This meeting was our pre-Easter one where we decorate eggs in some manner. This year, we decided to dye them with food dyes (as described below). We got a great bunch of colors that were mixed according to Martha Stewart’s instructions from her website. Attending the meeting were: Ann, Phyllis, Sandy, Marsha (pictured), Frank (taking the picture) and Sharolene.
The eggs we dyed were colored with beets, red cabbage, turmeric, onion skins and coffee. The pale ones are blue and lavender. The dark colors were boiled for 30 minutes and the light ones were raw eggs soaked in the dye for 30 minutes. The ones we consistently turned were scratched and the ones we left alone came out nicer. We all agreed that it was a lot of work and a fair amount of wasted food but we learned some interesting things. Next year we are using the colors we liked the best and designing the eggs with leaves and wrapping them with color: Hint to all, If you ever have an occasion to cook red cabbage put a couple of white eggs in the pot at the same time and see what a pretty color you get. Then you can eat them.
We had a fun meeting yesterday decorating eggs. Attendees were: Sandy, Marcia, Phyllis, Sharolene, Frank, Sage, Aviva, Ann, and Elaine. Sharolene tried some unsuccessful indigo dyeing on some mystery fabric, Aviva and Sage knitted, Sharolene and Sandy did egg decorating. Sandy dyed one egg in some older yellow dye, which worked fine, although the dye itself was not reusable any longer. Sharolene and Sandy experimented with a new to them method of dyeing eggs with fingernail polish. It was quite simple. The fingernail polish floated on the surface of room temperature water and the eggs laid on top and the polish stuck to the eggs in delightful ways. Ann used a silk transference technique where she tightly wrapped an egg with silk and then boiled in vinegar water for 30 minutes. This process transferred the dyes from the silk to the egg. Beautiful.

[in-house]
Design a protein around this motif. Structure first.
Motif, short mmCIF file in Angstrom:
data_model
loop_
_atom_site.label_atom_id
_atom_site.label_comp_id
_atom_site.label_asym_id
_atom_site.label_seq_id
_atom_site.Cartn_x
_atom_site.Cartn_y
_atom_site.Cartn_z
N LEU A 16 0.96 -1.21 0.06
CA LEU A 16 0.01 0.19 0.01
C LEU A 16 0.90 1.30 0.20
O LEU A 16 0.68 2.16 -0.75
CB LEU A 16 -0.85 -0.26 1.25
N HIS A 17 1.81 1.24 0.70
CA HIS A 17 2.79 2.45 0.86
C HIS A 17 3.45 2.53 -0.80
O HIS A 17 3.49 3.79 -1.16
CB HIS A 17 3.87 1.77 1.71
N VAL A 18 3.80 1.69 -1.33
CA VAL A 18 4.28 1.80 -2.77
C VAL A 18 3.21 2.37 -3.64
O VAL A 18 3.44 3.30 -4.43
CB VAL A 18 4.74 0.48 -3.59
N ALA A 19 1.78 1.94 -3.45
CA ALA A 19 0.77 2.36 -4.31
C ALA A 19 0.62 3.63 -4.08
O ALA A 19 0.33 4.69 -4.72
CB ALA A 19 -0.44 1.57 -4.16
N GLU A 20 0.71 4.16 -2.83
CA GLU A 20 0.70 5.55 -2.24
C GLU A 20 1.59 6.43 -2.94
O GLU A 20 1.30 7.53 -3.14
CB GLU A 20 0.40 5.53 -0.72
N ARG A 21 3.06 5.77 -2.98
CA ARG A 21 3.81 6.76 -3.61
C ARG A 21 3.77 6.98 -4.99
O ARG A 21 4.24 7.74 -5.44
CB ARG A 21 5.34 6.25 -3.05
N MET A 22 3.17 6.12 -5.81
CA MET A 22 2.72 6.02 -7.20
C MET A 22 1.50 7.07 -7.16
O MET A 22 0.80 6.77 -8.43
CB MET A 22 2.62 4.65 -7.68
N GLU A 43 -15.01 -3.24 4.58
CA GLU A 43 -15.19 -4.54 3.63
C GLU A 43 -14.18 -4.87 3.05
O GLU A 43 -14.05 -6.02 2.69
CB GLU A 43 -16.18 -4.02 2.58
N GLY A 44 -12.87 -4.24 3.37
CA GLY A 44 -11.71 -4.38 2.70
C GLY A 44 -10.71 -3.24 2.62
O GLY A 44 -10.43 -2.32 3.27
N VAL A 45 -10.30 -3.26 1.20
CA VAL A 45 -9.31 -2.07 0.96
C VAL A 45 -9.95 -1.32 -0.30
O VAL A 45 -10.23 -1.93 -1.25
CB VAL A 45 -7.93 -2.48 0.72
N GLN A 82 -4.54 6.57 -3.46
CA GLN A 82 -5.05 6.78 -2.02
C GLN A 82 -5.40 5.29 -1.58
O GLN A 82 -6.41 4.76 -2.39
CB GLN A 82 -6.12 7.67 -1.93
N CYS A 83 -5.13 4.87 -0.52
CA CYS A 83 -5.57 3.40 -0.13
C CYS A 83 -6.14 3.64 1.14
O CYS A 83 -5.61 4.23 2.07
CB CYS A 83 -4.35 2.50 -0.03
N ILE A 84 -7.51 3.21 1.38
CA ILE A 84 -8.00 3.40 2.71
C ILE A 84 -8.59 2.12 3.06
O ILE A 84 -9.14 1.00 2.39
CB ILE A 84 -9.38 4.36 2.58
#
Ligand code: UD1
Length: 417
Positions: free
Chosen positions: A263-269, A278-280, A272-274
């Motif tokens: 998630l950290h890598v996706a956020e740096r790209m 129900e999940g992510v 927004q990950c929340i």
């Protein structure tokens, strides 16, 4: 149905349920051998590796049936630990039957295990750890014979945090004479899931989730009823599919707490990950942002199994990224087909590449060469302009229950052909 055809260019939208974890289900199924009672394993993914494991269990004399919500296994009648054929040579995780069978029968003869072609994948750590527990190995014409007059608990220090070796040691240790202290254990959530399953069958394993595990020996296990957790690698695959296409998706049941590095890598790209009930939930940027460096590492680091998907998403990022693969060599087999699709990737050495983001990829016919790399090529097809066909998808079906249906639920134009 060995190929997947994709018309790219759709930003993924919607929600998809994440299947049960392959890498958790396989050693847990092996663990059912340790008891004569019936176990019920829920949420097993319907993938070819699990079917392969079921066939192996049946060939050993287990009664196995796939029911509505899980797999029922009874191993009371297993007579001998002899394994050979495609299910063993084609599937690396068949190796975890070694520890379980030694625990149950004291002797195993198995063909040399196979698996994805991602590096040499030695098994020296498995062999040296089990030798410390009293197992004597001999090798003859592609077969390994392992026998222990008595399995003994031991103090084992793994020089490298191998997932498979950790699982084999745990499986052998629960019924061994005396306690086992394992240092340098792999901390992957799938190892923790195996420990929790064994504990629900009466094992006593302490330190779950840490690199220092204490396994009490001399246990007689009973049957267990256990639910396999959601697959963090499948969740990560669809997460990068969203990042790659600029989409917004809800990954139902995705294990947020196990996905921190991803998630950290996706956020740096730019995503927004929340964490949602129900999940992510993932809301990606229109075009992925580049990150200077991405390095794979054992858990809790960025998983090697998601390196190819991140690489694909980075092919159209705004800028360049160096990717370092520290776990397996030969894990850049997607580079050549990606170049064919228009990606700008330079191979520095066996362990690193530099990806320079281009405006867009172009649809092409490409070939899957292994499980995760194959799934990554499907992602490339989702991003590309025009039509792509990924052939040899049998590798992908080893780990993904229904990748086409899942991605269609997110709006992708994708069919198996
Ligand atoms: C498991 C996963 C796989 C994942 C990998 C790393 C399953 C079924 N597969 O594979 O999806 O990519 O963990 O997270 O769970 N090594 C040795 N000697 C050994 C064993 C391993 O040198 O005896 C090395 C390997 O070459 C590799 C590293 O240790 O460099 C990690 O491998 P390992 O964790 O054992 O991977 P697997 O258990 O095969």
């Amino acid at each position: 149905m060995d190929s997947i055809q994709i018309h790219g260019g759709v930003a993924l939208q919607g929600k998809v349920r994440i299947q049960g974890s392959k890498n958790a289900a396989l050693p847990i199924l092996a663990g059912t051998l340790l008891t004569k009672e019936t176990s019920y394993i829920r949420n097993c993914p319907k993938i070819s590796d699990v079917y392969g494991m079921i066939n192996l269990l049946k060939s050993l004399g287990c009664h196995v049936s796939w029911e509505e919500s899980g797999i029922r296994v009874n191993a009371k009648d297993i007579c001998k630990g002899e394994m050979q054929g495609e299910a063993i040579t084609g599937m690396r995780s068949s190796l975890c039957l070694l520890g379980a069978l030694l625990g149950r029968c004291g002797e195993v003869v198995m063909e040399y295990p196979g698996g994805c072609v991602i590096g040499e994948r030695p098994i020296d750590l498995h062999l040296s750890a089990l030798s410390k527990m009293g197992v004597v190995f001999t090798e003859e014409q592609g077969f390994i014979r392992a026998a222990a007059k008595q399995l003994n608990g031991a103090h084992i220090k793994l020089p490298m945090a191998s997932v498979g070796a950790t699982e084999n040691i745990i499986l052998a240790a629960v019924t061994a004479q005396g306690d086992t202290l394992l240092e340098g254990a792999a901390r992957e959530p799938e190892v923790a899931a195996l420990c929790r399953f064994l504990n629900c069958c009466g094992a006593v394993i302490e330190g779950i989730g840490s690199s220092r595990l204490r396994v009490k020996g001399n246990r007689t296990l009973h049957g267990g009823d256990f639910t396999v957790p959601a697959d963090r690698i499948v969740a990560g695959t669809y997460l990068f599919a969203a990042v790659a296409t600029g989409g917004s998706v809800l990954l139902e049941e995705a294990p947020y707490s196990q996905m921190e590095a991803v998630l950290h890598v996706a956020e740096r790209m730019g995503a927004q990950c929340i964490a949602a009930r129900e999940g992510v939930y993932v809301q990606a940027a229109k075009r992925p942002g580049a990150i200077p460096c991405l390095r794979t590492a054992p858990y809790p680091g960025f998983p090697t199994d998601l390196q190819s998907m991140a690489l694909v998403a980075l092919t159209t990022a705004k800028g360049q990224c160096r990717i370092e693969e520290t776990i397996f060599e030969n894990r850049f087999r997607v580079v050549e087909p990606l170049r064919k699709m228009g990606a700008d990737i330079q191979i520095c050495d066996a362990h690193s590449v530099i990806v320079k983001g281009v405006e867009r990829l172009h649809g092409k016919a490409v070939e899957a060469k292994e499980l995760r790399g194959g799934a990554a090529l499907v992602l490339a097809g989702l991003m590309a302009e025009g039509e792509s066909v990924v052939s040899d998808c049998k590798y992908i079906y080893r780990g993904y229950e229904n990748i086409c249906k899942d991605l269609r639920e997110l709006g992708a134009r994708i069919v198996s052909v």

We are planning to dye eggs for Easter at our meeting tomorrow. Although we have done this before, sometimes the hard boiled eggs have not fared well. One of our members has given us a tip on how to prepare our eggs for a longer lasting outcome. Here are her instructions:
I do a larger hole on the big end and just a little hole on the small end of the egg; scramble the yolk with the needle, and blow things out the bottom. We always rinsed ours. Bring copper wire to make a ring-and-handle big enough to press your egg down into your dye-cup while it fills with liquid, and to hold it up while it drains again.
These are wax resist eggs and are multiple dye dipped in several colors in between applying wax. We had a fun small meeting with regular members Frank, Sharolene, Sandy, Bambi, Phyllis & Marcia. Frank’s cousin Betsy, also had a good time painting eggs.